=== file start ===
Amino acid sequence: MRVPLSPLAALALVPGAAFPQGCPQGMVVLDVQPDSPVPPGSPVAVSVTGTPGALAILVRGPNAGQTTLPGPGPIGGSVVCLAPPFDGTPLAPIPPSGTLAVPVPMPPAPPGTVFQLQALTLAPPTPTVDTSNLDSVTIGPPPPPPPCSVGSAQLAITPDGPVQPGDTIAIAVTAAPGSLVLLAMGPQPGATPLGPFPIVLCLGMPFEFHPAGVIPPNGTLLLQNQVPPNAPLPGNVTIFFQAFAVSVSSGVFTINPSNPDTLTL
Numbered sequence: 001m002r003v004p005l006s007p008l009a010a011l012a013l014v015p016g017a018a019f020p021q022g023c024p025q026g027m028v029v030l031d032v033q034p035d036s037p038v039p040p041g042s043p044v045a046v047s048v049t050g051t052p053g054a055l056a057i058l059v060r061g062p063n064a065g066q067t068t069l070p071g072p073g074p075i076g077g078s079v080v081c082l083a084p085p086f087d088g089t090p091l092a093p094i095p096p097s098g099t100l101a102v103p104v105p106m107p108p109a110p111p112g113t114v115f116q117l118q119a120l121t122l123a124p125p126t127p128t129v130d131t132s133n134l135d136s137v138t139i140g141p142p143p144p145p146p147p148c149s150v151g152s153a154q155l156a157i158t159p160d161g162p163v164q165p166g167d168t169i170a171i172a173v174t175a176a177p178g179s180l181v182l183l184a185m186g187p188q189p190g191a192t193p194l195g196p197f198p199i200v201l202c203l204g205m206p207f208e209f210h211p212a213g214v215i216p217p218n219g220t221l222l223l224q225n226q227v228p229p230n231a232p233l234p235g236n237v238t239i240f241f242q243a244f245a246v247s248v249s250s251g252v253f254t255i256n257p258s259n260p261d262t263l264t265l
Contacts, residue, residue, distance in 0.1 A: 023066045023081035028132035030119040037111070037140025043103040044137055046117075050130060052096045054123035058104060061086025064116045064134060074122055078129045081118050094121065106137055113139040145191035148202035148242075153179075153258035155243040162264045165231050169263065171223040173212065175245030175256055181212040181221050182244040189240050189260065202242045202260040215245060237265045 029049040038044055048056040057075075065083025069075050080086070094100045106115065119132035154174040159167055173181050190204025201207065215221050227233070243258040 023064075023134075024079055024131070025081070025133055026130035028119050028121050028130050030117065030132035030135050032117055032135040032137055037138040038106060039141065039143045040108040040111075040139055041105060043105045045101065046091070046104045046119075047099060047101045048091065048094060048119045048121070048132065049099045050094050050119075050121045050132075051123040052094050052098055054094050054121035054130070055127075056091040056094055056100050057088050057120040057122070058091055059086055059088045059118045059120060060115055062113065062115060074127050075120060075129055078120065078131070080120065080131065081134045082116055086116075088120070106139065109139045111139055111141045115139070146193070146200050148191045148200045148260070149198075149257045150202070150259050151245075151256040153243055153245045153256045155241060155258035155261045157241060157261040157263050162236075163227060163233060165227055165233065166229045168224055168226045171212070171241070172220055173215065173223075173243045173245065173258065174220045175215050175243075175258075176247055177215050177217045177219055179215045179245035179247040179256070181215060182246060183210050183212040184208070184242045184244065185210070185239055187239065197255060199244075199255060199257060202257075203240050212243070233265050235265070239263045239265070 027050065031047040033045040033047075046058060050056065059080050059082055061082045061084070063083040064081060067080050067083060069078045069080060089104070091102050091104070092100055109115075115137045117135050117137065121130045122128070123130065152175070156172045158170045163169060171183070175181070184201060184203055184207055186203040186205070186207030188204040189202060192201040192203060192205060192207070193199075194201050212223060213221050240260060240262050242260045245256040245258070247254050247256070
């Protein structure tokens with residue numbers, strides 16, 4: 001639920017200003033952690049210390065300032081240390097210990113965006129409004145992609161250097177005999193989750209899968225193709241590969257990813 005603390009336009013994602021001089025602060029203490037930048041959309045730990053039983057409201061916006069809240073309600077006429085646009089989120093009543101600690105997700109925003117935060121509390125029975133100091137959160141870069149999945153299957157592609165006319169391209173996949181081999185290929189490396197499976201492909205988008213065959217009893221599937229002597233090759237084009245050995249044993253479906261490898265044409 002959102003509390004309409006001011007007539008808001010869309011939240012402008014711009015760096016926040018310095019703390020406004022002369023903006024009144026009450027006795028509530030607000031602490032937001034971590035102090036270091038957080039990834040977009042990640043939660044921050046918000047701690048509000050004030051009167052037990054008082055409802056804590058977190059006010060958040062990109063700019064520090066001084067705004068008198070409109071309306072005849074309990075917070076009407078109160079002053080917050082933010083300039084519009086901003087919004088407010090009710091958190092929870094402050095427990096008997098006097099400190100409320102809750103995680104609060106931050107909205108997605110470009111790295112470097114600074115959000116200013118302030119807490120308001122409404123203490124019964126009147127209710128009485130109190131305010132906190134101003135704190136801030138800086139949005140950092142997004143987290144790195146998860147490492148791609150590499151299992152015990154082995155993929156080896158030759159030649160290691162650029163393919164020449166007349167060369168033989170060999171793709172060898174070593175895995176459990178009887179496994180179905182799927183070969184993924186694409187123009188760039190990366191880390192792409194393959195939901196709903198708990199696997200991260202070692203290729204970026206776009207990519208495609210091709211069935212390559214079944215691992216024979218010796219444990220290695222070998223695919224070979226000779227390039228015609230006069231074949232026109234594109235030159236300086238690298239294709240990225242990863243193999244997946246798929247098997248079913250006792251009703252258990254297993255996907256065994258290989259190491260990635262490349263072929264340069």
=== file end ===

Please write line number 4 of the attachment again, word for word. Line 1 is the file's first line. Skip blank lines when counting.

């Protein structure tokens with residue numbers, strides 16, 4: 001639920017200003033952690049210390065300032081240390097210990113965006129409004145992609161250097177005999193989750209899968225193709241590969257990813 005603390009336009013994602021001089025602060029203490037930048041959309045730990053039983057409201061916006069809240073309600077006429085646009089989120093009543101600690105997700109925003117935060121509390125029975133100091137959160141870069149999945153299957157592609165006319169391209173996949181081999185290929189490396197499976201492909205988008213065959217009893221599937229002597233090759237084009245050995249044993253479906261490898265044409 002959102003509390004309409006001011007007539008808001010869309011939240012402008014711009015760096016926040018310095019703390020406004022002369023903006024009144026009450027006795028509530030607000031602490032937001034971590035102090036270091038957080039990834040977009042990640043939660044921050046918000047701690048509000050004030051009167052037990054008082055409802056804590058977190059006010060958040062990109063700019064520090066001084067705004068008198070409109071309306072005849074309990075917070076009407078109160079002053080917050082933010083300039084519009086901003087919004088407010090009710091958190092929870094402050095427990096008997098006097099400190100409320102809750103995680104609060106931050107909205108997605110470009111790295112470097114600074115959000116200013118302030119807490120308001122409404123203490124019964126009147127209710128009485130109190131305010132906190134101003135704190136801030138800086139949005140950092142997004143987290144790195146998860147490492148791609150590499151299992152015990154082995155993929156080896158030759159030649160290691162650029163393919164020449166007349167060369168033989170060999171793709172060898174070593175895995176459990178009887179496994180179905182799927183070969184993924186694409187123009188760039190990366191880390192792409194393959195939901196709903198708990199696997200991260202070692203290729204970026206776009207990519208495609210091709211069935212390559214079944215691992216024979218010796219444990220290695222070998223695919224070979226000779227390039228015609230006069231074949232026109234594109235030159236300086238690298239294709240990225242990863243193999244997946246798929247098997248079913250006792251009703252258990254297993255996907256065994258290989259190491260990635262490349263072929264340069």